Wednesday's World Cup round-up

Uruguay's success has been enjoyed by the the people of the gritty mining city of Kimberley, where the quarter-finalists set up base camp high on South Africa's central plains at the launch of their campaign. So much so that the Uruguayan Football Association plans to develop the links forged by setting up coaching schemes in the area and inviting the best youngsters to Uruguay.
"I want to hug them. They have made us proud," said senior citizen Pulane Boikanyo, who was waiting for the Uruguayans to arrive for training ahead of Friday's quarter-final showdown with Ghana. The Dream Stays Alive - City Team Book Their Place in the Quarter, was the front-page headline in the local newspaper after Uruguay's 2-1 victory over South Korea in the previous round.

Manchester City's Argentina star Carlos Tevez is confident that his nation will beat Germany to secure a place in the last four - and believes previous opponents Mexico were a bigger threat.
"I was more afraid of Mexico than Germany because the Mexicans play better football - they took the ball from us in the first minutes of the first half and at the start of the second. We would have suffered more if we hadn't struck at the right moments," he told Argentine newspaper Clarin.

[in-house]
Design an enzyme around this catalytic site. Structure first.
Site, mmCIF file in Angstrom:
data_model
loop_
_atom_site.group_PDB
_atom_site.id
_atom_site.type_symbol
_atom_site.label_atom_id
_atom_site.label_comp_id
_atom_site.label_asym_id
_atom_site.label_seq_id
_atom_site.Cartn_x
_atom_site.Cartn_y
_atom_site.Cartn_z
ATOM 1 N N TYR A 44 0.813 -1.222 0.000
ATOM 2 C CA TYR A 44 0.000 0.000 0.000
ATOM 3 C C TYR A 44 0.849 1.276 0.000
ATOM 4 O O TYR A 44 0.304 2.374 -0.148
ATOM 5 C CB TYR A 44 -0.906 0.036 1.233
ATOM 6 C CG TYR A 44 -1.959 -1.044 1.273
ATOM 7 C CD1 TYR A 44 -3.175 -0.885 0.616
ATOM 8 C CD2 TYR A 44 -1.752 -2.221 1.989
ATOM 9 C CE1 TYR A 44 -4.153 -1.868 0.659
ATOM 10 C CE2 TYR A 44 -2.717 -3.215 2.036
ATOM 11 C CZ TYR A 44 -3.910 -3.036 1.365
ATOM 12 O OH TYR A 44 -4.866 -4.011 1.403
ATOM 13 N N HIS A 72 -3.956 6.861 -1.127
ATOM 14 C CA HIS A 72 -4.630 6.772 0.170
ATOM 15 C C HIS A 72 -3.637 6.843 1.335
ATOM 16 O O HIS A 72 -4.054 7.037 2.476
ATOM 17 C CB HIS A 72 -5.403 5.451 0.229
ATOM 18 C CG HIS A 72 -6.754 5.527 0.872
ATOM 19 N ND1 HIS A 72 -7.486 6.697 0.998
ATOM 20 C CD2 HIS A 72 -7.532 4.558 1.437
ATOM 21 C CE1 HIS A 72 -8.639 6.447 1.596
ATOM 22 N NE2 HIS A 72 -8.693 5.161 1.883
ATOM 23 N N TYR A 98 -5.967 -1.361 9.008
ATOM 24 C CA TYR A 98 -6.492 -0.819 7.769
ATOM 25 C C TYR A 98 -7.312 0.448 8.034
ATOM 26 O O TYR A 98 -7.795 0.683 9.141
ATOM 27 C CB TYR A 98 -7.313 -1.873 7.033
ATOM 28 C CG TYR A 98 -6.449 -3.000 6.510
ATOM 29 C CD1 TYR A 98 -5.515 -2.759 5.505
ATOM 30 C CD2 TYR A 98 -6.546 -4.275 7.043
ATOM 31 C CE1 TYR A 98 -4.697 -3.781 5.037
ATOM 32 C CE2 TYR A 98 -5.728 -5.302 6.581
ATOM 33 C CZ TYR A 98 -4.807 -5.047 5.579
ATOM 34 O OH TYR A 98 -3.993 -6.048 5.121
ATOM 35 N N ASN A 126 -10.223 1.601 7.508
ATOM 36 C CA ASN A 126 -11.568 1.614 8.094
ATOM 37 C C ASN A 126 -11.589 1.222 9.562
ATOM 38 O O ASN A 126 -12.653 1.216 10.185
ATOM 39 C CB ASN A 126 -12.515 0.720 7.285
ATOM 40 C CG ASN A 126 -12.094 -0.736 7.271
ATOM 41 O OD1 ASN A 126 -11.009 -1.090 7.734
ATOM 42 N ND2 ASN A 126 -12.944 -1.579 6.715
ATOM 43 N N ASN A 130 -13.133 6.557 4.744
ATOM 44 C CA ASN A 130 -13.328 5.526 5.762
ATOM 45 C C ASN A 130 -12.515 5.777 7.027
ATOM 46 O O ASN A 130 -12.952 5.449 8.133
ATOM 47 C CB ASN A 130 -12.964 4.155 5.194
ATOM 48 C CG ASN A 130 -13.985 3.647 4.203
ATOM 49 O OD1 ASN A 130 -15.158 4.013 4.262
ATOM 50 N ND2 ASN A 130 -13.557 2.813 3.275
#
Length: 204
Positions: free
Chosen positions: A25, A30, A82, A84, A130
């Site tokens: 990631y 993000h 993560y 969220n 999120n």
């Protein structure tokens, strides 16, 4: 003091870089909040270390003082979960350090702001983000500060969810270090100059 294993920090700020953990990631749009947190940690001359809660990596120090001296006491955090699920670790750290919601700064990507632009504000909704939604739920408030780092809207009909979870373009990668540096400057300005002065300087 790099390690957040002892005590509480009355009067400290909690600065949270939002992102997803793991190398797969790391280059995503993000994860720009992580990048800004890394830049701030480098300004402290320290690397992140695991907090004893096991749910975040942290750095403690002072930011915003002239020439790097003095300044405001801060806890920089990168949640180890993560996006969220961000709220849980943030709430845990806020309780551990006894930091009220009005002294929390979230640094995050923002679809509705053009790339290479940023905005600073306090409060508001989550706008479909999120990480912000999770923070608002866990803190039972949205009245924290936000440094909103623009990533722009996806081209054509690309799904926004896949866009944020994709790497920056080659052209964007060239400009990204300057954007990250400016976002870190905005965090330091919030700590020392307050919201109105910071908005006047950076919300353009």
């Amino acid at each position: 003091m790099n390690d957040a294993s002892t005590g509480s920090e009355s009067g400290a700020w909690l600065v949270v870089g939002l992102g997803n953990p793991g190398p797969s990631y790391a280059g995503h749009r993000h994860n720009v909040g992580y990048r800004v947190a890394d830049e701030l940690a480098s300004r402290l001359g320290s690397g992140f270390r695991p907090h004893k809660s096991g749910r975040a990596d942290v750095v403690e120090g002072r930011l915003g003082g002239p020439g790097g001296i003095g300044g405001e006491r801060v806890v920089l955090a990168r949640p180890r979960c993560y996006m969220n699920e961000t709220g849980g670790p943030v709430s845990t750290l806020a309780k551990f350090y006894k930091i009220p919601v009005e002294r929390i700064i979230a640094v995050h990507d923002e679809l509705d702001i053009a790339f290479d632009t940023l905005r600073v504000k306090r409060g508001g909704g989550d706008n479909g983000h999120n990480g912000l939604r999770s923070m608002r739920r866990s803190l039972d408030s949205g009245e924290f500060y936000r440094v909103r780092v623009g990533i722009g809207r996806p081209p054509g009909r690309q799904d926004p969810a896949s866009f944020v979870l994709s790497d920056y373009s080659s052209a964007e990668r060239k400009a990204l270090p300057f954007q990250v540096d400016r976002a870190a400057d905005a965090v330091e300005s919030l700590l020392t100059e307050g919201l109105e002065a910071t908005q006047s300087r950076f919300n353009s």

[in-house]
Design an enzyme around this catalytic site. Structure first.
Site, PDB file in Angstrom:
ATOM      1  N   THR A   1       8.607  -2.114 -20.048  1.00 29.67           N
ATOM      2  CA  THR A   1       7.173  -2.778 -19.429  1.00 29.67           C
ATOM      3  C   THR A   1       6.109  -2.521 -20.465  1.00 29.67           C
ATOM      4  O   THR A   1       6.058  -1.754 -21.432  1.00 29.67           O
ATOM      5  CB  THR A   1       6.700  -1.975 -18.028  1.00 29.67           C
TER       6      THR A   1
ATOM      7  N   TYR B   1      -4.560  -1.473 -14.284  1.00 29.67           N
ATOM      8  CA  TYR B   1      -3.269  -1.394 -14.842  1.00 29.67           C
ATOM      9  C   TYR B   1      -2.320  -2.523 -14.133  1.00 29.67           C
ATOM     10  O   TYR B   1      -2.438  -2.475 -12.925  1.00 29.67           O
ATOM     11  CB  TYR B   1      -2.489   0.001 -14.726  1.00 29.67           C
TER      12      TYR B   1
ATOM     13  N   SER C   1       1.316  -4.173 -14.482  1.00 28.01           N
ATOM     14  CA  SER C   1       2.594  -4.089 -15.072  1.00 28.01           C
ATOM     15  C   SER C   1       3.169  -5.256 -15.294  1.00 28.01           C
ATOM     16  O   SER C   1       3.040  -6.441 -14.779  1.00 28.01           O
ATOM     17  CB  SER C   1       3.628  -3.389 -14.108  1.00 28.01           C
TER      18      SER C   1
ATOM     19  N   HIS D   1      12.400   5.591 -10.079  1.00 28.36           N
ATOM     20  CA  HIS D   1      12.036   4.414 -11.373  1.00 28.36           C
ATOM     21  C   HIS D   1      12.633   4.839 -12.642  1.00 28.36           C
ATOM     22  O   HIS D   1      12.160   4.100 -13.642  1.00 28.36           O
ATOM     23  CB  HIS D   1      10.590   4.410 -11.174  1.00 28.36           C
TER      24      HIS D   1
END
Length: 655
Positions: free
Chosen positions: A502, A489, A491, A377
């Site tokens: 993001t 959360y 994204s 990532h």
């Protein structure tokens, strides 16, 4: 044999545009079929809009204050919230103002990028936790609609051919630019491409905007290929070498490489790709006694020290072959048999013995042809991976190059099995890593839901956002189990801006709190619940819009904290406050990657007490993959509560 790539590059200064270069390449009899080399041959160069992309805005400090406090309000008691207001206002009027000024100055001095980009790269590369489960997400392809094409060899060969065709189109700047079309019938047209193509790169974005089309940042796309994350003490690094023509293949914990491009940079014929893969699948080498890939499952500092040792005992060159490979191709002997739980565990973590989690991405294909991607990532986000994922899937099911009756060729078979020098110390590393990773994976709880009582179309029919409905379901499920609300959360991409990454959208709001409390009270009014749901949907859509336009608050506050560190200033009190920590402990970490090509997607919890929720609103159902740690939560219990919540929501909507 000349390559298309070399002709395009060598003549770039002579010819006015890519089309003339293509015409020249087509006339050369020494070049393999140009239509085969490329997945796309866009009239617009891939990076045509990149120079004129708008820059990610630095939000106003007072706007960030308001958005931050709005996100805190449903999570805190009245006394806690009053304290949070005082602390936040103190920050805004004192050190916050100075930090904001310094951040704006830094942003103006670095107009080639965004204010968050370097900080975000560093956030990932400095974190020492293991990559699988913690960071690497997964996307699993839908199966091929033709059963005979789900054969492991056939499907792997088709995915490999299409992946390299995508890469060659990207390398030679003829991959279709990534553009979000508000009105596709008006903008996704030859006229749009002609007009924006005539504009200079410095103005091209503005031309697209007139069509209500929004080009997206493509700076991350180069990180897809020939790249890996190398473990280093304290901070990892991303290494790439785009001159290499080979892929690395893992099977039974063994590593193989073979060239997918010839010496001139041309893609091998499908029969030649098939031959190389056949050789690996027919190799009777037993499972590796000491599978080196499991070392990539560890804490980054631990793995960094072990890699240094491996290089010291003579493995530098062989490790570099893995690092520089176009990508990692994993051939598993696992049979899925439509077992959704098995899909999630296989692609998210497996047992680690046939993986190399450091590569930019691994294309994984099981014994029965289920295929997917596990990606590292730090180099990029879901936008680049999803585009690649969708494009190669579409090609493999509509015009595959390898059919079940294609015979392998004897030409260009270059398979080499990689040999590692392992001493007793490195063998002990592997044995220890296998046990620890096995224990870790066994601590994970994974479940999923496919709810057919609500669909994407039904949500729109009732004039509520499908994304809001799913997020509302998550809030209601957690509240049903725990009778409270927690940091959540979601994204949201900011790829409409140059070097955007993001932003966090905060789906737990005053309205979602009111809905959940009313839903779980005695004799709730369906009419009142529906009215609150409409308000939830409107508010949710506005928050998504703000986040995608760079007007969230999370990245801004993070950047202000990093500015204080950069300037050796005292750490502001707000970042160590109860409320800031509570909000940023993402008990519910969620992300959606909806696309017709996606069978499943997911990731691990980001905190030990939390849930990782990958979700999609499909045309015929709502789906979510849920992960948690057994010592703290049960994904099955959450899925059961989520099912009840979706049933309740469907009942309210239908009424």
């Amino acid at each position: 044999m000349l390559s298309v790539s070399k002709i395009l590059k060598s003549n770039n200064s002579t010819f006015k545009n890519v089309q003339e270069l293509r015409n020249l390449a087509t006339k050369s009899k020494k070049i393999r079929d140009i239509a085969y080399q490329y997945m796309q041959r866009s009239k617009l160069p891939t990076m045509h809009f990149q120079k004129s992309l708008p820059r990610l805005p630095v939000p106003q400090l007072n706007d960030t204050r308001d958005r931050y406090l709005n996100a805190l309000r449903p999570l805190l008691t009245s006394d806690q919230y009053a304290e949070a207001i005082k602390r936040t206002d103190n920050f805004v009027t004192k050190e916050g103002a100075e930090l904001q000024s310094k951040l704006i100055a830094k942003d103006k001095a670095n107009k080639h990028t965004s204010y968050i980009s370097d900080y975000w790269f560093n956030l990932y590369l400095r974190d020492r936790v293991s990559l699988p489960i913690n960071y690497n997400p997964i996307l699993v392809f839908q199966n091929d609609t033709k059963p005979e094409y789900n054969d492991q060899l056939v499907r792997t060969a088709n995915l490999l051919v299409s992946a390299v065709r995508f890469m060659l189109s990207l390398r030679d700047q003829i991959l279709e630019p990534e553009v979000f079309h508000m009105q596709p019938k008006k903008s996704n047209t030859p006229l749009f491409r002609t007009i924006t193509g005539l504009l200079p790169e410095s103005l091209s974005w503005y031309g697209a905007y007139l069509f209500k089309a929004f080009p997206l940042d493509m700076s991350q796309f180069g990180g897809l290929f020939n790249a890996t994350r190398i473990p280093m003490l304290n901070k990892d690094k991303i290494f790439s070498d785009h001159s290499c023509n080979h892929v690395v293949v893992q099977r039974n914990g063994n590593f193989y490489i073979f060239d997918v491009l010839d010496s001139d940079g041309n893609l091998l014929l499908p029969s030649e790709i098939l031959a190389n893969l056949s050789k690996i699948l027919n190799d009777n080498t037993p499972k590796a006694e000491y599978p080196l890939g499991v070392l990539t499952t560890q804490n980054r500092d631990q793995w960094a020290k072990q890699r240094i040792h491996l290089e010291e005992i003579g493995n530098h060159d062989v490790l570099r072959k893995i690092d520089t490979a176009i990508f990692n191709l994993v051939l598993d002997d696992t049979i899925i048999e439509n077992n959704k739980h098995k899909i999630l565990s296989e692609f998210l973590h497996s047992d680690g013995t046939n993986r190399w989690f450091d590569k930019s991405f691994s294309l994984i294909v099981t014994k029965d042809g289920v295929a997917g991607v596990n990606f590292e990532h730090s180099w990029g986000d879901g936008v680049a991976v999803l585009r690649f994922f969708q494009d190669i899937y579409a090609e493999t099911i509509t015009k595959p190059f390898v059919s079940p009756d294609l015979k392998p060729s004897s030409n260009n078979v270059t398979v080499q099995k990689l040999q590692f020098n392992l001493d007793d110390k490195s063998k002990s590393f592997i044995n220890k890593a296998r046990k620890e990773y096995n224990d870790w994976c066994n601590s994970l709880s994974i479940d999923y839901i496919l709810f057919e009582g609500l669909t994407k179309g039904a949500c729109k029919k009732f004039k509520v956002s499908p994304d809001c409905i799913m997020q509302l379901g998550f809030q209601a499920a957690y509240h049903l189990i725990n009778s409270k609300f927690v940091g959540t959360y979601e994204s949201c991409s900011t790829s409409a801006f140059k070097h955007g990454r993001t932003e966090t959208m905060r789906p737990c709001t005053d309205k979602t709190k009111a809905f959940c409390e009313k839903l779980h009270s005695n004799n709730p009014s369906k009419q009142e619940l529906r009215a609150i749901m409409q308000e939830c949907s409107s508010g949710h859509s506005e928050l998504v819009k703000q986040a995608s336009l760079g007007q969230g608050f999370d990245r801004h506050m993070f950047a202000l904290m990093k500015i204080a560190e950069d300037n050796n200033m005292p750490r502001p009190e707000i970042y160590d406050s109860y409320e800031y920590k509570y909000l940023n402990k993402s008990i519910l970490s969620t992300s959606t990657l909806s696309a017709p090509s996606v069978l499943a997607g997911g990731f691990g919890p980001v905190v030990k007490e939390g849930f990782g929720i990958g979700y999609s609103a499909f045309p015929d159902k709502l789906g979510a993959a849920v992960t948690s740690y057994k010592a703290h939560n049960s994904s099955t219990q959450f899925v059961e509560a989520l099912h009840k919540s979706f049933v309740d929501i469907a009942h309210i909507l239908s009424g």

Netherlands striker Robin van Persie has defended his angry reaction to being substituted against Slovakia. Van Persie remonstrated with coach Bert van Marwijk when he was replaced by Klaas-Jan Huntelaar 10 minutes before the end of the 2-1 win and then took no part in the Dutch celebrations of Wesley Sneijder's late goal.
Van Persie said: "What I said to Van Marwijk was not over the top. I just want to be important to the team and score. I wanted to stay on as we would have had more space with Slovakia chasing an equaliser and I felt that I could profit from that."

Ghana coach Milovan Rajevac has insisted that his players will not be affected by the pressure of attempting to become the first African side to reach the World Cup semi-finals.
Speaking ahead of their match against Uruguay, he stated: "We are not thinking about the pressure. We have already proved that we are a team that knows how to compete. We will try to relax and are very happy with the whole situation. We have no obligation but still we want to use this opportunity to do our best and to make history." 

Japanese prime minister Naoto Kan has issued a statement thanking his national team for their efforts following their World Cup exit in a penalty shoot-out against Paraguay.
"The players and the bench were united and showed the world the potential of Japanese soccer. I sincerely congratulate their efforts," he commented.